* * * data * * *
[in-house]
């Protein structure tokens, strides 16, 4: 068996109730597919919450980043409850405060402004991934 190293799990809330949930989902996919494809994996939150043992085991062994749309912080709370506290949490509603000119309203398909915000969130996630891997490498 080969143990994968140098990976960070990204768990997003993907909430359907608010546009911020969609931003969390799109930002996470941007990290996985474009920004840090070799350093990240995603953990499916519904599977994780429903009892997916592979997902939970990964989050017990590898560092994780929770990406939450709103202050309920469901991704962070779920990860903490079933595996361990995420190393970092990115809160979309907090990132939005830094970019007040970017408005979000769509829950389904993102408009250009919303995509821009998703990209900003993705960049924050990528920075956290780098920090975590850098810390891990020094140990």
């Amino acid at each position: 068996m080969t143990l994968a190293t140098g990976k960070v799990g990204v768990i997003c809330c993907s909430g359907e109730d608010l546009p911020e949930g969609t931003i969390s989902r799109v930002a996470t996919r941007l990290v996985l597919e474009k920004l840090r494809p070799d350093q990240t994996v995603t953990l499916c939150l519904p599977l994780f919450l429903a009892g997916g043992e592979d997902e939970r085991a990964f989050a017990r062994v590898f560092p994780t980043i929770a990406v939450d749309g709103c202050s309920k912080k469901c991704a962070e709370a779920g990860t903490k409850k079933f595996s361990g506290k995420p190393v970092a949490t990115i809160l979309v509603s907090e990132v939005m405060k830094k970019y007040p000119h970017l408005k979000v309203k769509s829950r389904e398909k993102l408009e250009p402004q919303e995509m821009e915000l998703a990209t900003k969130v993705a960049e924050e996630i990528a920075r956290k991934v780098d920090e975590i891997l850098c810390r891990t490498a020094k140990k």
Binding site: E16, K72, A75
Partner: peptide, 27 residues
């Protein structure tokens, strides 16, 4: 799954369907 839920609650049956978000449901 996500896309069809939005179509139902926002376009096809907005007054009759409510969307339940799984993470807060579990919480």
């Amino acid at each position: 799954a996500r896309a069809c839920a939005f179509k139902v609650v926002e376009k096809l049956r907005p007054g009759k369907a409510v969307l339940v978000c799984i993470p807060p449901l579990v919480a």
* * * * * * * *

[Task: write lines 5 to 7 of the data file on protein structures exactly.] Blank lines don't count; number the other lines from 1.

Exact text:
Partner: peptide, 27 residues
């Protein structure tokens, strides 16, 4: 799954369907 839920609650049956978000449901 996500896309069809939005179509139902926002376009096809907005007054009759409510969307339940799984993470807060579990919480």
């Amino acid at each position: 799954a996500r896309a069809c839920a939005f179509k139902v609650v926002e376009k096809l049956r907005p007054g009759k369907a409510v969307l339940v978000c799984i993470p807060p449901l579990v919480a």